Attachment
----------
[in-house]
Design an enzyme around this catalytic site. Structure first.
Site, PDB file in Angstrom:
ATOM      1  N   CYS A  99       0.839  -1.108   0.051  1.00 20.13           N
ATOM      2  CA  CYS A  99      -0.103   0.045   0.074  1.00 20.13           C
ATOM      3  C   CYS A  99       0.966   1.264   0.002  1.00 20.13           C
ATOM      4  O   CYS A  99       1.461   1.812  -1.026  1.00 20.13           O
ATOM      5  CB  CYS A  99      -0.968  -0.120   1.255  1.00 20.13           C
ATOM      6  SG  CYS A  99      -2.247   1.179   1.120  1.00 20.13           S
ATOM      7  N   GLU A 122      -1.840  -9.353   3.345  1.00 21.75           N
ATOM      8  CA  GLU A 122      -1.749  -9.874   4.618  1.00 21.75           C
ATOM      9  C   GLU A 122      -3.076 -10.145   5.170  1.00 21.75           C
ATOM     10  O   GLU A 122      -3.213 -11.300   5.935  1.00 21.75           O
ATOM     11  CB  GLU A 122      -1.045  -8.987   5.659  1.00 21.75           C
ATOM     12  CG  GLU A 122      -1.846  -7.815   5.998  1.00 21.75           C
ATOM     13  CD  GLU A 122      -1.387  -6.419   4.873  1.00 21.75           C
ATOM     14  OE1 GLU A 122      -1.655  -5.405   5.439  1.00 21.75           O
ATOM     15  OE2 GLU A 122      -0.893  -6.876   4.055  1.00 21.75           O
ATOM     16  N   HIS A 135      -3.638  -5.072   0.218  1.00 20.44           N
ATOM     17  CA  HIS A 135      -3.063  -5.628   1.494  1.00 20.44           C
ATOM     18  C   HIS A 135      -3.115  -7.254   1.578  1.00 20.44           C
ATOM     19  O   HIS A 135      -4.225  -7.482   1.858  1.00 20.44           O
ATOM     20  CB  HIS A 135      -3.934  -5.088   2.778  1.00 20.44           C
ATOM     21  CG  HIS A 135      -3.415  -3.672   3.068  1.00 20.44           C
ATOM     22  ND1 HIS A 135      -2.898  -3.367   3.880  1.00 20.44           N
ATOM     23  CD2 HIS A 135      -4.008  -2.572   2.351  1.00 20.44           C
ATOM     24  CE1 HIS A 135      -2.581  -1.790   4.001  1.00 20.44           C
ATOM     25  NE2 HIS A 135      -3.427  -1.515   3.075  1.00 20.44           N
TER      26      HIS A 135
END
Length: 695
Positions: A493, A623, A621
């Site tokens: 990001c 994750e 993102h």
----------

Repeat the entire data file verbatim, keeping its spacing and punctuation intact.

[in-house]
Design an enzyme around this catalytic site. Structure first.
Site, PDB file in Angstrom:
ATOM      1  N   CYS A  99       0.839  -1.108   0.051  1.00 20.13           N
ATOM      2  CA  CYS A  99      -0.103   0.045   0.074  1.00 20.13           C
ATOM      3  C   CYS A  99       0.966   1.264   0.002  1.00 20.13           C
ATOM      4  O   CYS A  99       1.461   1.812  -1.026  1.00 20.13           O
ATOM      5  CB  CYS A  99      -0.968  -0.120   1.255  1.00 20.13           C
ATOM      6  SG  CYS A  99      -2.247   1.179   1.120  1.00 20.13           S
ATOM      7  N   GLU A 122      -1.840  -9.353   3.345  1.00 21.75           N
ATOM      8  CA  GLU A 122      -1.749  -9.874   4.618  1.00 21.75           C
ATOM      9  C   GLU A 122      -3.076 -10.145   5.170  1.00 21.75           C
ATOM     10  O   GLU A 122      -3.213 -11.300   5.935  1.00 21.75           O
ATOM     11  CB  GLU A 122      -1.045  -8.987   5.659  1.00 21.75           C
ATOM     12  CG  GLU A 122      -1.846  -7.815   5.998  1.00 21.75           C
ATOM     13  CD  GLU A 122      -1.387  -6.419   4.873  1.00 21.75           C
ATOM     14  OE1 GLU A 122      -1.655  -5.405   5.439  1.00 21.75           O
ATOM     15  OE2 GLU A 122      -0.893  -6.876   4.055  1.00 21.75           O
ATOM     16  N   HIS A 135      -3.638  -5.072   0.218  1.00 20.44           N
ATOM     17  CA  HIS A 135      -3.063  -5.628   1.494  1.00 20.44           C
ATOM     18  C   HIS A 135      -3.115  -7.254   1.578  1.00 20.44           C
ATOM     19  O   HIS A 135      -4.225  -7.482   1.858  1.00 20.44           O
ATOM     20  CB  HIS A 135      -3.934  -5.088   2.778  1.00 20.44           C
ATOM     21  CG  HIS A 135      -3.415  -3.672   3.068  1.00 20.44           C
ATOM     22  ND1 HIS A 135      -2.898  -3.367   3.880  1.00 20.44           N
ATOM     23  CD2 HIS A 135      -4.008  -2.572   2.351  1.00 20.44           C
ATOM     24  CE1 HIS A 135      -2.581  -1.790   4.001  1.00 20.44           C
ATOM     25  NE2 HIS A 135      -3.427  -1.515   3.075  1.00 20.44           N
TER      26      HIS A 135
END
Length: 695
Positions: A493, A623, A621
């Site tokens: 990001c 994750e 993102h």